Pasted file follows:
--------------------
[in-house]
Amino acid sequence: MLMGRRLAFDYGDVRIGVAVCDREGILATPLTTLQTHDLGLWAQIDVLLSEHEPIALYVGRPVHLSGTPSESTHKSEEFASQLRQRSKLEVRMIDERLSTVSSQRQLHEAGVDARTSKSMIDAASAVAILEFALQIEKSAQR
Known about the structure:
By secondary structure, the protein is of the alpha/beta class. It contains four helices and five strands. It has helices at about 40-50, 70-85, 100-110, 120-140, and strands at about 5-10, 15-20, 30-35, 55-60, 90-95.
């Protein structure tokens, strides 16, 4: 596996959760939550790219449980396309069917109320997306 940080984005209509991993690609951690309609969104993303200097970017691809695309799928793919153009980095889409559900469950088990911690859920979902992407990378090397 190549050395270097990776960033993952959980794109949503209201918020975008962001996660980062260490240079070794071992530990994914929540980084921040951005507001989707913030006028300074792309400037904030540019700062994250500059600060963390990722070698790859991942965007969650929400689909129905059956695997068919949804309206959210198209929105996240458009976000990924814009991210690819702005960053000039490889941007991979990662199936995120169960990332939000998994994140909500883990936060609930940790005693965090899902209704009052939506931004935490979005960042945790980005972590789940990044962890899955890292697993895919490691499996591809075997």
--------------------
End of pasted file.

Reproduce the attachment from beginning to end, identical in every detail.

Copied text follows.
[in-house]
Amino acid sequence: MLMGRRLAFDYGDVRIGVAVCDREGILATPLTTLQTHDLGLWAQIDVLLSEHEPIALYVGRPVHLSGTPSESTHKSEEFASQLRQRSKLEVRMIDERLSTVSSQRQLHEAGVDARTSKSMIDAASAVAILEFALQIEKSAQR
Known about the structure:
By secondary structure, the protein is of the alpha/beta class. It contains four helices and five strands. It has helices at about 40-50, 70-85, 100-110, 120-140, and strands at about 5-10, 15-20, 30-35, 55-60, 90-95.
């Protein structure tokens, strides 16, 4: 596996959760939550790219449980396309069917109320997306 940080984005209509991993690609951690309609969104993303200097970017691809695309799928793919153009980095889409559900469950088990911690859920979902992407990378090397 190549050395270097990776960033993952959980794109949503209201918020975008962001996660980062260490240079070794071992530990994914929540980084921040951005507001989707913030006028300074792309400037904030540019700062994250500059600060963390990722070698790859991942965007969650929400689909129905059956695997068919949804309206959210198209929105996240458009976000990924814009991210690819702005960053000039490889941007991979990662199936995120169960990332939000998994994140909500883990936060609930940790005693965090899902209704009052939506931004935490979005960042945790980005972590789940990044962890899955890292697993895919490691499996591809075997």